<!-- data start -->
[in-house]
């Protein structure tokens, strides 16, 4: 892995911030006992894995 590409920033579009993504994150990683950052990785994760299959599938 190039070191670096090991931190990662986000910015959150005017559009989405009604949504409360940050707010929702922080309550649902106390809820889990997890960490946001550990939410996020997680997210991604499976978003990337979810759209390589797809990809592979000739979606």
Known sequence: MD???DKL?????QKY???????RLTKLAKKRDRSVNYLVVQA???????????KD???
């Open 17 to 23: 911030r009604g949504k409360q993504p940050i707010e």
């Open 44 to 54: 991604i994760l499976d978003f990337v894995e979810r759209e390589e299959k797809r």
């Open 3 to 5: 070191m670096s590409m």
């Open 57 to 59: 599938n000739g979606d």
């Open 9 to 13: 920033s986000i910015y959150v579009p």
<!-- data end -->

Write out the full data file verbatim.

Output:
[in-house]
């Protein structure tokens, strides 16, 4: 892995911030006992894995 590409920033579009993504994150990683950052990785994760299959599938 190039070191670096090991931190990662986000910015959150005017559009989405009604949504409360940050707010929702922080309550649902106390809820889990997890960490946001550990939410996020997680997210991604499976978003990337979810759209390589797809990809592979000739979606």
Known sequence: MD???DKL?????QKY???????RLTKLAKKRDRSVNYLVVQA???????????KD???
């Open 17 to 23: 911030r009604g949504k409360q993504p940050i707010e």
């Open 44 to 54: 991604i994760l499976d978003f990337v894995e979810r759209e390589e299959k797809r």
């Open 3 to 5: 070191m670096s590409m």
């Open 57 to 59: 599938n000739g979606d």
């Open 9 to 13: 920033s986000i910015y959150v579009p």